Newt Gingrich to challenge Fulton grand jury subpoena

Ex-speaker: Testimony ‘unnecessary’ because of Jan. 6 committee appearance
Former Republican Speaker of the House Newt Gingrich speaks at a campaign event for Republican House candidate Jake Evans, on Thursday, March 31, 2022, in Cumming, Ga. (Elijah Nouvelage/Special to the Atlanta Journal-Constitution)

Credit: Elijah Nouvelage/Special to the Atlanta Journal-Constitution

Credit: Elijah Nouvelage/Special to the Atlanta Journal-Constitution

Former Republican Speaker of the House Newt Gingrich speaks at a campaign event for Republican House candidate Jake Evans, on Thursday, March 31, 2022, in Cumming, Ga. (Elijah Nouvelage/Special to the Atlanta Journal-Constitution)

Former House Speaker Newt Gingrich plans to fight a Fulton County subpoena seeking his testimony before the special purpose grand jury examining attempts to overturn Georgia’s 2020 elections.

Attorneys for the Trump ally plan to tell a Fairfax, Va., circuit court judge on Wednesday that the onetime Georgia congressman should not be forced to testify because of technicalities surrounding the decades-old law that lays out how states recognize subpoenas from elsewhere.

They also will argue that the Republican’s testimony is “not necessary” because Gingrich is already scheduled to speak to the Select Committee investigating the Jan. 6 attack on the U.S. Capitol on Nov. 21.

“Speaker Gingrich has already agreed to a transcribed meeting with the Select Committee to address the matters set forth in the Select Committee’s letter and, when it becomes available, will provide a transcript of this meeting to the Georgia district attorney,” Gingrich’s attorney John Burlingame wrote in a Monday court filing. “It is totally unnecessary to compel Speaker Gingrich to travel to Georgia to address the exact same topics, and ordering him to travel to Georgia to do so imposes an undue burden.”

The Fulton grand jury is seeking Gingrich’s testimony on Nov. 16.

A Fulton County Superior Court judge last month issued what’s known as a certificate of material witness for the former congressman, which will essentially function as a subpoena once approved by a judge in Fairfax County, where Gingrich resides.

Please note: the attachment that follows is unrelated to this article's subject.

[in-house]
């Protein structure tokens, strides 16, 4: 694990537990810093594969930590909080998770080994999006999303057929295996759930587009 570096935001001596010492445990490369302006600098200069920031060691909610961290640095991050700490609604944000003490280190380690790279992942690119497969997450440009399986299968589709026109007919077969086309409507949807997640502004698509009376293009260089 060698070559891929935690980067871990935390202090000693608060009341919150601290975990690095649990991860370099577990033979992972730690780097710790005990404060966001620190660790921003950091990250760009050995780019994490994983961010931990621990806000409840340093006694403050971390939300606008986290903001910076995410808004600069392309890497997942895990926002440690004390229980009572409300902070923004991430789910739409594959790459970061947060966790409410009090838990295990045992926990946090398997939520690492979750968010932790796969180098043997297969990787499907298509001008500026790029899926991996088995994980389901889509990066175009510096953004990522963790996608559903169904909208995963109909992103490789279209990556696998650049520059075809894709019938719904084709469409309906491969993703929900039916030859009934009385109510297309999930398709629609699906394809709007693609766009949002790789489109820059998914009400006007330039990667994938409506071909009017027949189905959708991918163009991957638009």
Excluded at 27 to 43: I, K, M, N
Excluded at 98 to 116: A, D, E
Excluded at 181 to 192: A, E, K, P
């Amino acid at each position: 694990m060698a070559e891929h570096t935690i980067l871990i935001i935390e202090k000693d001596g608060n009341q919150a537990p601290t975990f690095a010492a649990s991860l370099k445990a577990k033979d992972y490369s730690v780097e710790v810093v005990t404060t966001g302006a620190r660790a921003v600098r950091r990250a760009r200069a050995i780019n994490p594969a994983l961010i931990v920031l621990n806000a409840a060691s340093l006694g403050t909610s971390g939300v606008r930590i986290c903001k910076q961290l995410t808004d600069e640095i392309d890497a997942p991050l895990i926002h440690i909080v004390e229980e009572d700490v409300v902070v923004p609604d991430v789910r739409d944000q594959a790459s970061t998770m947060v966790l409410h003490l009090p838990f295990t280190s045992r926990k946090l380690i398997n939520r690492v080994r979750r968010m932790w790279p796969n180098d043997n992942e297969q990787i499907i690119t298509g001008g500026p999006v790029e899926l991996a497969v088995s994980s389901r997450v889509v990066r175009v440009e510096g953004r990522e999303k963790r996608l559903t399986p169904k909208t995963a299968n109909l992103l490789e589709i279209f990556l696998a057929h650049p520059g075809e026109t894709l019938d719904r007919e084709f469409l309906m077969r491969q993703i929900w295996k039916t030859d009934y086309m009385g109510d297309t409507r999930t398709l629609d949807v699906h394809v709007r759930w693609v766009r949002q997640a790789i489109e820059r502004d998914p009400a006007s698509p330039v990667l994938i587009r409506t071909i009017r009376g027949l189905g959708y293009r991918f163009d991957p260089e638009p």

The petition relies on evidence made available this fall by the Select Committee. According to the panel, Gingrich urged the Trump campaign “to air advertisements promoting the false narrative that election workers had smuggled suitcases containing fake ballots” at Atlanta’s State Farm Arena.

The 79-year-old was also involved in the plan to appoint a slate of “alternate” Republican electors in swing states like Georgia that were narrowly won by Joe Biden, according to the committee.

The special grand jury said it’s uncovered evidence of a “multi-state, coordinated plan by the Trump Campaign to influence the results of the November 2020 election in Georgia and elsewhere.”

Gingrich represented a Cobb County-centered district in the U.S. House for more than two decades. He spent four of those years as speaker, during which he pioneered an unapologetic, scorched earth style of conservative politics.

He won Georgia in his failed 2012 bid for the Republican nomination for president but dropped out of the race soon afterward. He’s remained active in Georgia and national politics and was an informal adviser to Trump.

Gingrich’s argument that a Virginia resident could not be compelled to testify in Georgia is inspired by one used by a Texas-based witness for the investigation, attorney and podcast host Jacki Pick, that generated approval from a handful of Lone Star State judges earlier this fall.

Pick’s lawyers argued that the Fulton special grand jury proceedings are civil, not criminal, because they lack the power to indict, and thus are exempted from interstate guidelines for witness subpoenas. Fulton Superior Court Judge Robert McBurney, who is overseeing the grand jury, has stated in the past that the proceedings are indeed criminal, but several judges on the Court of Criminal Appeals of Texas expressed skepticism in their ruling on Pick’s challenge.

Former White House Chief of Staff Mark Meadows also employed the argument at a hearing last month but was rejected. Meadows’ attorney has suggested he will appeal the ruling.

In the Fairfax County court filing, Burlingame included a letter he recently sent to a top investigator for the Select Committee that said Gingrich had requested that his interview with the panel be conducted “publicly.” The letter noted the committee had turned down that request but that a transcript of Gingrich’s interview would be released when the committee files its final report in November.

Burlingame said Gingrich would have “no objection” if the committee provided a copy of the interview transcript to the Fulton District Attorney’s office in advance of the final report.

A spokesman for the Select Committee did not immediately respond to a request for comment.

Arguments will be heard by Fairfax Circuit Court Judge Robert J. Smith on Wednesday morning. The Office of the Fairfax Commonwealth’s Attorney will argue in favor of the Fulton DA’s office, which is overseeing the special grand jury.

The special grand jury has sought out and ultimately received testimony from several witnesses who also spoke to the Select Committee, including Trump’s onetime personal attorney Rudy Giuliani and campaign lawyers John Eastman and Kenneth Chesebro.

The grand jury, which has taken a month-long break in advance of the election, is expected to resume its more public activities after Georgia’s marquee political contests are resolved.

A key Gingrich confidante, Atlanta attorney and former Ambassador to Luxembourg Randy Evans, said he will speak to the grand jury in mid-November.

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